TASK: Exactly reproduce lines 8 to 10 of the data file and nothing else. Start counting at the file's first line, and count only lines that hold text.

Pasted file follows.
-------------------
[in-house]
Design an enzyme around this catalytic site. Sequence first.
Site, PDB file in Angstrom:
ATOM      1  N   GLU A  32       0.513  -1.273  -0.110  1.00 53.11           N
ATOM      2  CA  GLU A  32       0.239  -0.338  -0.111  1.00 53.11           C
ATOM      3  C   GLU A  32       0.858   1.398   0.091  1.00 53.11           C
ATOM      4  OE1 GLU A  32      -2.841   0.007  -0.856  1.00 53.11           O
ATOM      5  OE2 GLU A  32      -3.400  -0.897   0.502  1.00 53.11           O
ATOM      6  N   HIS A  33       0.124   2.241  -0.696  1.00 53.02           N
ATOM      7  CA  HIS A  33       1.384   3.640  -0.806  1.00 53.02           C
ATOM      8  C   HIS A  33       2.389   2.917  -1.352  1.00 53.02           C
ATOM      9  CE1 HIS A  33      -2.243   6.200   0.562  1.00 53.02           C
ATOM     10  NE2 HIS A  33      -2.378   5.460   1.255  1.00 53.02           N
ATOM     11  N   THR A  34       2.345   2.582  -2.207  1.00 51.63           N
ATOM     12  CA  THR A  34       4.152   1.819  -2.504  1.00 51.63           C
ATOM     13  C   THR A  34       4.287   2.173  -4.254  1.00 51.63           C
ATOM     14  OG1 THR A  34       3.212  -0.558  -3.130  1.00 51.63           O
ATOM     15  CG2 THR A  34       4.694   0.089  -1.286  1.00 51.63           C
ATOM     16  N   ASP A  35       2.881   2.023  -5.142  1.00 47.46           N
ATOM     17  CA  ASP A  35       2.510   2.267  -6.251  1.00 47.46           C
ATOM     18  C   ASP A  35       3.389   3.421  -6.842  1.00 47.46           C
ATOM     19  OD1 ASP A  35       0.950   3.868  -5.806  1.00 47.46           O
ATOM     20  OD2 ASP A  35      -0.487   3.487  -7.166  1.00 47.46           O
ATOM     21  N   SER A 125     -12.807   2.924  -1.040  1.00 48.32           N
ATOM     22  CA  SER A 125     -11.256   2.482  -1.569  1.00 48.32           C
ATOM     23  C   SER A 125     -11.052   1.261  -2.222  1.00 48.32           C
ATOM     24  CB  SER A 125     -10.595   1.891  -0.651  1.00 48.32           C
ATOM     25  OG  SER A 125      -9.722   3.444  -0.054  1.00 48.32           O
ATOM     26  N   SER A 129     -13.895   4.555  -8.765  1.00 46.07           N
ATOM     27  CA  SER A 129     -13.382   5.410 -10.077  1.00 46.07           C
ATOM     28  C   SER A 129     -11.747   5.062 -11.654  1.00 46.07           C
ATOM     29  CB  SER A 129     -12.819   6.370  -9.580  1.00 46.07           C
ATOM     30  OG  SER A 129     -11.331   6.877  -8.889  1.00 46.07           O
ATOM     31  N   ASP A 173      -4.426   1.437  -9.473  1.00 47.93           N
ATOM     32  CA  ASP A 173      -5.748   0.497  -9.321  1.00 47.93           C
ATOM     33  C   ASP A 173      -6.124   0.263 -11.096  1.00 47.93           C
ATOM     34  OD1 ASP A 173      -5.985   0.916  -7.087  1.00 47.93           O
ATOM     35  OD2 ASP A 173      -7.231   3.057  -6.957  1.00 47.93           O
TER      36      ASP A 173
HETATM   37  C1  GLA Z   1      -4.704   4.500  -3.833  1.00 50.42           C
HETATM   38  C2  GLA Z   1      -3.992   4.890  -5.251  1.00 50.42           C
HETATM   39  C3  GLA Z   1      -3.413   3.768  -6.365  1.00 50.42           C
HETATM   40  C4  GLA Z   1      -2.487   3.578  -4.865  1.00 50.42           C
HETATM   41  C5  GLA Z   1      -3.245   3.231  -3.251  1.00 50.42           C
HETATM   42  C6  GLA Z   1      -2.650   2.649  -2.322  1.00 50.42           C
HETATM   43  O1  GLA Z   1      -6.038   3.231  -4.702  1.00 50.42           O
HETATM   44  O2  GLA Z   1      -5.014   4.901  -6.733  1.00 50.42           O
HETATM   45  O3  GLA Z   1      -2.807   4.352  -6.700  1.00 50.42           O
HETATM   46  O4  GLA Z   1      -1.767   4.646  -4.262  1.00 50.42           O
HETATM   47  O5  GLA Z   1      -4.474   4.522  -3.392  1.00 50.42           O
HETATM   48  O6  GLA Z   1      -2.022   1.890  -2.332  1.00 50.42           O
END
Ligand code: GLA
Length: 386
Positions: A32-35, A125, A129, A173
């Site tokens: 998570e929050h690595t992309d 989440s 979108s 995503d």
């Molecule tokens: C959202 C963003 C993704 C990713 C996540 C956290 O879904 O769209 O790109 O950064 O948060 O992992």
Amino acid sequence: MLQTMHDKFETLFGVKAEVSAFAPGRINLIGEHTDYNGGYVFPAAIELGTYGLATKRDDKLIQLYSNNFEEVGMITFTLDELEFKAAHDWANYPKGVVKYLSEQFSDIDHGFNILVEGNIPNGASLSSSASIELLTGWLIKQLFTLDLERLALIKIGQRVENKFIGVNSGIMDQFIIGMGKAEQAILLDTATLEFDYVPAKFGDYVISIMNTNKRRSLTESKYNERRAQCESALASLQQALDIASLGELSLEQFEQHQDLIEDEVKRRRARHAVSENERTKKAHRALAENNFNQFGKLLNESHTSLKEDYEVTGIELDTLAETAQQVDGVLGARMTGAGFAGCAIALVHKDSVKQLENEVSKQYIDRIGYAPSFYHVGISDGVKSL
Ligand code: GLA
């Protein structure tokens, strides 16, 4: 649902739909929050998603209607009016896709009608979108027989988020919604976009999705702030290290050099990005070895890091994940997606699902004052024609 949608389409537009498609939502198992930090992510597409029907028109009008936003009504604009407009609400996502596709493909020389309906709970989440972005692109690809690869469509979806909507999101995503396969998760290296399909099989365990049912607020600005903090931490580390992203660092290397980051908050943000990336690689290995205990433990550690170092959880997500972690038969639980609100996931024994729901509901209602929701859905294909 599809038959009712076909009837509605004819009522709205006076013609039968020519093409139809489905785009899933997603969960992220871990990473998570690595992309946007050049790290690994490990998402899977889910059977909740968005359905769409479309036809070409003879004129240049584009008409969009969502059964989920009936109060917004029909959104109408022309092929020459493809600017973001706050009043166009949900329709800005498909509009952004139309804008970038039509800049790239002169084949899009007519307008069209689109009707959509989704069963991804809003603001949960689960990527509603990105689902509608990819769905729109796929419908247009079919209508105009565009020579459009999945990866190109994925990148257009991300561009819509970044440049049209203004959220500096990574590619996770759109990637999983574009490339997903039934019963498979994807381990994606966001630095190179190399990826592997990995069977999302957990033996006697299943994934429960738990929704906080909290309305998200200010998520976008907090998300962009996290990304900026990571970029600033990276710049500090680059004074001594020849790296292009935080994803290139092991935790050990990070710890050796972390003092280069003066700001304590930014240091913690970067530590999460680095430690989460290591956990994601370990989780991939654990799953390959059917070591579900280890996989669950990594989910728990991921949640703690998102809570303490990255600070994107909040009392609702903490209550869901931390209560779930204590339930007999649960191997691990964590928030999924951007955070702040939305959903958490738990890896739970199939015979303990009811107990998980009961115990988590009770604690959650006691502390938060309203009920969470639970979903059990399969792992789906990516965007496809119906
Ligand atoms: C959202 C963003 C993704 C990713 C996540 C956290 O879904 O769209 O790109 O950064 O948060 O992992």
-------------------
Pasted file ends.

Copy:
ATOM      5  OE2 GLU A  32      -3.400  -0.897   0.502  1.00 53.11           O
ATOM      6  N   HIS A  33       0.124   2.241  -0.696  1.00 53.02           N
ATOM      7  CA  HIS A  33       1.384   3.640  -0.806  1.00 53.02           C